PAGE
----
A Fire Walk - 4 months on.......
October 15th was a monumental day for everyone here in Central Portugal, The unusually dry and hot spring and intensely hot summer blended with the tail end of Hurricane Ophelia and culminated into an inferno right on our doorstep. It came out of nowhere, nothing could have prepared us for the scale of devastation and there was little or no press coverage outside of Portugal.
This is what you all saw, a photograph of the sun all day on the 16th October in the South West of England, very pretty, but if you really knew what caused this red sun you would not feel quite the same way. A short drive around our area, even now, and it looks like someone has taken a hugely powerful blow torch to the countryside, nearly every area of forest or trees in villages or in farmland have been burnt. Many houses too, especially the rather splendid big old abandoned houses which this country of large-scale rural depopulation is littered with. Some factories and warehouses too. Our part of the country is like a war zone. The Avo valley, a steep river valley, once very picturesque despite the ever-present eucalyptus is now a blackened ruin of a landscape. All in all, a terrifying prequal of what might become much more common with climate change.
On Tuesday 6th February I decided to take a walk and explore the area around our Quinta, something I have not done since October 15th. Its amazing that I have not walked around our area, our valley and slightly beyond for almost 4 months I have always loved exploring, finding new places and new tracks. The fact that it has taken me so long to do this is probably because I just did not want to see beautiful, familiar places destroyed. I also did it because I desperately wanted to see signs of things re-growing.
Extraordinary scenes of devastation. A lot of clearing has been going on and many trees are now gone. We are very lucky here, Eucalyptus is not grown in huge plantations in our area, our Town Hall has a very good policy of not allowing this to happen, strange then that our area (Oliveira do Hospital) is one of the worst hit. Lots of conspiracy stories abound, fires started deliberately, drones used to start fires and spray areas with incendiary materials - who know what the truth is?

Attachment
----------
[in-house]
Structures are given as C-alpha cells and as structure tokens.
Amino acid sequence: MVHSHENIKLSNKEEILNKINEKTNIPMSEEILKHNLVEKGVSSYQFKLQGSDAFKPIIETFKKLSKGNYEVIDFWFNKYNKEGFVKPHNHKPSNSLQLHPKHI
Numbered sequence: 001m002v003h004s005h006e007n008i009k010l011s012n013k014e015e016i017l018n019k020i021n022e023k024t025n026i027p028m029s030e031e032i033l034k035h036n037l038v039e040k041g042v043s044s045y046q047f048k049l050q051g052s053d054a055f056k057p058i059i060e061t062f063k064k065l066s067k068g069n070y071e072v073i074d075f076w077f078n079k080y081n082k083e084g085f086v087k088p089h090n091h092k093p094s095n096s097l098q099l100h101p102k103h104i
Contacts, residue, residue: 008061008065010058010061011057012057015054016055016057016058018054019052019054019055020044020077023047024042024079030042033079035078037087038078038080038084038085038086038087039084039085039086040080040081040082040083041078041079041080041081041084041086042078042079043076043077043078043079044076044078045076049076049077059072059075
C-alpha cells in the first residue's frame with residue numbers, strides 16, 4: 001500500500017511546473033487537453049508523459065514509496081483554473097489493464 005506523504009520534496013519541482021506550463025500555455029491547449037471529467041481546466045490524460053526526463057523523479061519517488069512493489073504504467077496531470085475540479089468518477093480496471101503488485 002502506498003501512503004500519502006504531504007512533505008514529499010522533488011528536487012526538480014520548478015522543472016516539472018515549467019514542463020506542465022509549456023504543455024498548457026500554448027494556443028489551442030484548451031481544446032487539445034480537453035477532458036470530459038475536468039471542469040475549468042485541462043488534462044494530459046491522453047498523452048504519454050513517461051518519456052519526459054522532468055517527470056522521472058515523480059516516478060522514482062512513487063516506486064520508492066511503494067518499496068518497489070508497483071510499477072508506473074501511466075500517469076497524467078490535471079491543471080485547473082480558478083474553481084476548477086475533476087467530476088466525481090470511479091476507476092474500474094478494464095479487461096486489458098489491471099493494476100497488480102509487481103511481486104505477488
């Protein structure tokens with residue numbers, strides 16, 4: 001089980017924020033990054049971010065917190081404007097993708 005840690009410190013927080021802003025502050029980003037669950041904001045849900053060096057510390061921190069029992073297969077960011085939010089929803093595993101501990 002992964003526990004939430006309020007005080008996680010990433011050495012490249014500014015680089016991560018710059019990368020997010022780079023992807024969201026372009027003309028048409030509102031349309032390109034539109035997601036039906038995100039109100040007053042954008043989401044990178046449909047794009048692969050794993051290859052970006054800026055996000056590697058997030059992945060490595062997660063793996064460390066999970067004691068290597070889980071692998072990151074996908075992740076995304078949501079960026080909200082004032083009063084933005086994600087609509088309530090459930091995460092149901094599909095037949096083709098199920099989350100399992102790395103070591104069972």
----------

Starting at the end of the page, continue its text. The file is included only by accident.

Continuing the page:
The sad thing is that our area is, and will remain black and damaged for many years to come.
One thing that is very interesting, we now get to see many ancient areas that are normally abandoned and completely overgrown. The terracing, tracks and ruins are now all there, right in front of our eyes. I did some research when I was building our website and, as part of that, I started to look at ancient history and the marks made on the land in Portugal from pre-history to the present day. One of the famous sights are the ancient cart tracks made by Oxen and donkey carts, many of which are thousands of years old. I did not realise that we have much better tracks than those documented and so close to our house. They have been abandoned and covered up for so long but now are clear for all to see.
Despite the sad views all around us there is hope, I found some beautiful winter crocus and signs of re-growth of oaks and the odd eucalyptus. Also, our lovely house sits in its own green oasis and, despite the fires, it is looking lovely and the signs of spring are all around us. We will survive and carry on, the garden is coming back to life, the animals are all happy and have plenty of grazing.
Quinta do Cobral, a beautiful place to be and a place that is still perfect for relaxing and enjoying peace and tranquility. Please don't worry about coming to visit us, yes things are different and we are still waiting to see how much of the land around us will re-generate this spring. Nature is amazing, fires have always been a feature of our landscape, we will recover and grow and continue to bring our beautiful home back to its wonderful best.
Please leave a comment if you have been here, we would love to hear what you think XX